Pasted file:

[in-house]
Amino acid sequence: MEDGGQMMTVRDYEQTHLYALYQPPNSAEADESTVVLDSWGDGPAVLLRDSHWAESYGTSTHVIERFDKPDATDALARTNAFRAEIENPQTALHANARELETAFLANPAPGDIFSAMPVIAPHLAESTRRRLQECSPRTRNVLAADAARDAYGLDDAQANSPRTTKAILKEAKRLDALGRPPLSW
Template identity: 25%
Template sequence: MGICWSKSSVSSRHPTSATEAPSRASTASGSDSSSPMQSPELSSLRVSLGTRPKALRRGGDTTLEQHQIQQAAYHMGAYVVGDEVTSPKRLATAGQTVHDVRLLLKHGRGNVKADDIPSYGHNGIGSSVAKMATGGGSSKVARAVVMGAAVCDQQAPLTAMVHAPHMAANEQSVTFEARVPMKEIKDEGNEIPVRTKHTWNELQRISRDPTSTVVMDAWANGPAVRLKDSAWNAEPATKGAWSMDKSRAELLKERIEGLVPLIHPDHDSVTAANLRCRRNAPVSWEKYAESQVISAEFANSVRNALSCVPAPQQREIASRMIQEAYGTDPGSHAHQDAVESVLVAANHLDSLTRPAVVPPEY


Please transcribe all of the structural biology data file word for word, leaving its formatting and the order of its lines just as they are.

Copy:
[in-house]
Amino acid sequence: MEDGGQMMTVRDYEQTHLYALYQPPNSAEADESTVVLDSWGDGPAVLLRDSHWAESYGTSTHVIERFDKPDATDALARTNAFRAEIENPQTALHANARELETAFLANPAPGDIFSAMPVIAPHLAESTRRRLQECSPRTRNVLAADAARDAYGLDDAQANSPRTTKAILKEAKRLDALGRPPLSW
Template identity: 25%
Template sequence: MGICWSKSSVSSRHPTSATEAPSRASTASGSDSSSPMQSPELSSLRVSLGTRPKALRRGGDTTLEQHQIQQAAYHMGAYVVGDEVTSPKRLATAGQTVHDVRLLLKHGRGNVKADDIPSYGHNGIGSSVAKMATGGGSSKVARAVVMGAAVCDQQAPLTAMVHAPHMAANEQSVTFEARVPMKEIKDEGNEIPVRTKHTWNELQRISRDPTSTVVMDAWANGPAVRLKDSAWNAEPATKGAWSMDKSRAELLKERIEGLVPLIHPDHDSVTAANLRCRRNAPVSWEKYAESQVISAEFANSVRNALSCVPAPQQREIASRMIQEAYGTDPGSHAHQDAVESVLVAANHLDSLTRPAVVPPEY